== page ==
brother Muslims mentioned a couple of times like having to distinguish between actual teachings and the culture was part of his struggle. So what she's written in this article is that there's four types of intercultural partnerships. The first one is submission and immersion, where one partner virtually abandons his or her own culture while immersing him or herself in the culture of the other partner. And in the last few weeks, we've actually had a few online sessions with convict sisters and they said, Oh my gosh, like I totally dissolved my prior identity.
And culture and became my husband's culture. And that was kind of understood as like, that's how you become like a good wife or a good Muslim. And they've had to gradually find their way of coming back to holding on to some parts of their culture. So there's this submission immersion type, then you've got the second type, which is that obliteration, the couple forms a new third culture identity, maintaining none of the practices of their original cultures, and thus eliminating all cultural differences. And sometimes that can happen in convert, and Muslim relationships, where now Islam is the one culture and they totally don't have any other culture. And then the kids are like, what are
we, you know, they want to know, as well, what what is their cultural backgrounds and the parents like, No, we've just disassociated from that, because we formed our own culture. And then you've got the compromise type as well, where each partner gives up some often important aspects of their culture to allow for the others cultural practice. So the whole, maybe give and take. And then you've got the consensus with a couple makes an ongoing search for solutions, which neither partner sacrifices, aspects of their culture, which is essential to his or her well being. And partners allow each other to be different without viewing the differences as threatening. So I think that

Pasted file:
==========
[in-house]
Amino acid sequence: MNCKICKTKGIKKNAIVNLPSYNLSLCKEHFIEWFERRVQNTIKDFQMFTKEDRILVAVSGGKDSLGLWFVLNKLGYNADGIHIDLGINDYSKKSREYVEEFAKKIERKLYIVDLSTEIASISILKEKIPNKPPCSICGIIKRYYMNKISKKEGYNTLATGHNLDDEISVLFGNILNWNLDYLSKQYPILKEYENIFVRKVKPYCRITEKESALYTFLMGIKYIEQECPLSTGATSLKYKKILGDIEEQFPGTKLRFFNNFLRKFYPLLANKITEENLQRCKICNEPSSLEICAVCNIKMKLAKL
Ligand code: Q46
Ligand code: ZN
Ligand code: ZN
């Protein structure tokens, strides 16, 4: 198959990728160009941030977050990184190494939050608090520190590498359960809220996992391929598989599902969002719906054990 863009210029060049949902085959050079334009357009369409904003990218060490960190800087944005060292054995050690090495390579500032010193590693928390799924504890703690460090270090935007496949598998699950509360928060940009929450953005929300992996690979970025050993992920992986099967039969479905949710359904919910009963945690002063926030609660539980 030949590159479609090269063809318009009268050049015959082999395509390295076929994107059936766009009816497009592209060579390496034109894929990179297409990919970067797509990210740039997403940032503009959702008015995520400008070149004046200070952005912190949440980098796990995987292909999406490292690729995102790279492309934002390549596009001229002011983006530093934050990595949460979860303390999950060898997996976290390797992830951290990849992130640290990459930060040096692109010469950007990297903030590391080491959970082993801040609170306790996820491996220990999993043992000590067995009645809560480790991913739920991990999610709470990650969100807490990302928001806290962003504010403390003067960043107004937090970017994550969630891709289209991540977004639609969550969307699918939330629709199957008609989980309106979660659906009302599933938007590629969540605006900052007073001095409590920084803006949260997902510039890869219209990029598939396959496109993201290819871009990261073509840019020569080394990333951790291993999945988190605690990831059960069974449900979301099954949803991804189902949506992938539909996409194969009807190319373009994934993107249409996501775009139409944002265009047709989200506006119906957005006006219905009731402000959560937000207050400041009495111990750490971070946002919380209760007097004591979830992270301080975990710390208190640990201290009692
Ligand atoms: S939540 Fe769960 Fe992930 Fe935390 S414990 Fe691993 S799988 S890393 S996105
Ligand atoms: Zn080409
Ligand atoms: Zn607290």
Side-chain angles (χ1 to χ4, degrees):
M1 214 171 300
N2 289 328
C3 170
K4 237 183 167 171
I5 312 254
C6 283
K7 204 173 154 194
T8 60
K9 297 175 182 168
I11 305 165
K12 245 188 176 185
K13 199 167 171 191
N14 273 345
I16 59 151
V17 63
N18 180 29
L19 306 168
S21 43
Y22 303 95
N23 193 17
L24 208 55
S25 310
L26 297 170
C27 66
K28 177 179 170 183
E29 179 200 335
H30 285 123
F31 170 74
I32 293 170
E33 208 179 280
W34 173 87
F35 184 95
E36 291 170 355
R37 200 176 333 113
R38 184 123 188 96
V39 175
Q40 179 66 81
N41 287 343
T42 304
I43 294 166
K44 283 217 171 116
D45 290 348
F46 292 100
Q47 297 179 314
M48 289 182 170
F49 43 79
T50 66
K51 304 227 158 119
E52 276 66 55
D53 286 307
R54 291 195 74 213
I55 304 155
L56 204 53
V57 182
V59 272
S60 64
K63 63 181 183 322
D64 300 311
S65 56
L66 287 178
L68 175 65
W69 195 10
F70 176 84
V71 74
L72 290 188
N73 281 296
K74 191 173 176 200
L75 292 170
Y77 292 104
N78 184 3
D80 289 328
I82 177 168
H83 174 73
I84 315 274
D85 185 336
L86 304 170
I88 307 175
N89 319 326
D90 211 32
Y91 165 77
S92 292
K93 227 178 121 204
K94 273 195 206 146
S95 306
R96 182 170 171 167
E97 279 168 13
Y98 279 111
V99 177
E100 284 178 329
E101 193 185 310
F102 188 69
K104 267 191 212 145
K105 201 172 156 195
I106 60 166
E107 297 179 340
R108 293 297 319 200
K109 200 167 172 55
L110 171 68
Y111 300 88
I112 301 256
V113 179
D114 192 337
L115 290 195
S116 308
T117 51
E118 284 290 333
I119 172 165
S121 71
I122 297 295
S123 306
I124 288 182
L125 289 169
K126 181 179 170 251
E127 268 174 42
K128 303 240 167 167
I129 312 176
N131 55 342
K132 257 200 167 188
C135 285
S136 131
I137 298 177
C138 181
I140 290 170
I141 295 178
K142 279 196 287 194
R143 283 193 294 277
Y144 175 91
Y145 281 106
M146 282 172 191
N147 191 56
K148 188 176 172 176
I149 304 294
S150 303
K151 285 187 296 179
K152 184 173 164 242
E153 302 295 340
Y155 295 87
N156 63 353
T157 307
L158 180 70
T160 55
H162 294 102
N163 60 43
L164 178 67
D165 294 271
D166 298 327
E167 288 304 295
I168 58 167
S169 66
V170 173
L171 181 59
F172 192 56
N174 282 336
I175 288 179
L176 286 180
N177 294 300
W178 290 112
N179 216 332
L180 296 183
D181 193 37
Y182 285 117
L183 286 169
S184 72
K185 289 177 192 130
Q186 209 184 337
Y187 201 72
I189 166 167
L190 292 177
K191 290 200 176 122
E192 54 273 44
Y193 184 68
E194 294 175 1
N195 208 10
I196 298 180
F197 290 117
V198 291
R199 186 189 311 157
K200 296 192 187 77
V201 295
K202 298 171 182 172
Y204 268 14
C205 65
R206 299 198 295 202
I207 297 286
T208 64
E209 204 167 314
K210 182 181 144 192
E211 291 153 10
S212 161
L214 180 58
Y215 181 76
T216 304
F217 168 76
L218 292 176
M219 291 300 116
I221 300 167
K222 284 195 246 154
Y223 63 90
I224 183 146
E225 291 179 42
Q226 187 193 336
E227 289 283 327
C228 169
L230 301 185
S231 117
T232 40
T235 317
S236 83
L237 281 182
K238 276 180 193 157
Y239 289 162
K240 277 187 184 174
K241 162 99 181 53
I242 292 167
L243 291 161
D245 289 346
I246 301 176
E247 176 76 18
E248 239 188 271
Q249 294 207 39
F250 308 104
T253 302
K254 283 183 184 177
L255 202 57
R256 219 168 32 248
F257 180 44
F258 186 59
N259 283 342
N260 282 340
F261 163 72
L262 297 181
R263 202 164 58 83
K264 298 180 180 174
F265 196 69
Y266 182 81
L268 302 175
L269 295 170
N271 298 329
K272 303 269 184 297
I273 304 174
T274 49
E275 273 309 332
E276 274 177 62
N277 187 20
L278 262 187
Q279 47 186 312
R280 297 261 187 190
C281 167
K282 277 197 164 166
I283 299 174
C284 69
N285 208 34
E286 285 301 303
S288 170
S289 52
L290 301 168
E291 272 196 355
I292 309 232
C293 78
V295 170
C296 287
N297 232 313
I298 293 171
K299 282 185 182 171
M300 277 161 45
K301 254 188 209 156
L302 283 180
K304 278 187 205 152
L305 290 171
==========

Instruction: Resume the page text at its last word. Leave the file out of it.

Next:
fourth type is really important to know and to go and for people to embrace Islam and go into that. Now, your relationship is built on an amalgamation of your different cultures and backgrounds, and then the Islamic learning, kind of being the icing on the cake to top what you already have in your cultural identity, so long as they don't conflict with the Islamic teachings. So I thought to mention that as a side note for anyone who is tuning in and has some thoughts and concerns about the cultural aspects and the differences and the importance of not losing their identity. So to finish off with our final question for our dear brothers who I know, are probably getting a bit tired and
weary, and I know my dad probably hasn't even eaten yet, I'm guessing.
Yeah, yes. Next time. Um, so what advice would you give to family or friends of someone who might have entered Islam through a relationship? So those support people that you guys felt was so important in your journey? Whether it was your your in laws, or certain members of the community or an Islamic mentor or teacher? What like, what advice would you give to the people who are on on the sidelines watching the whole relationship take place? Brother, Patrick.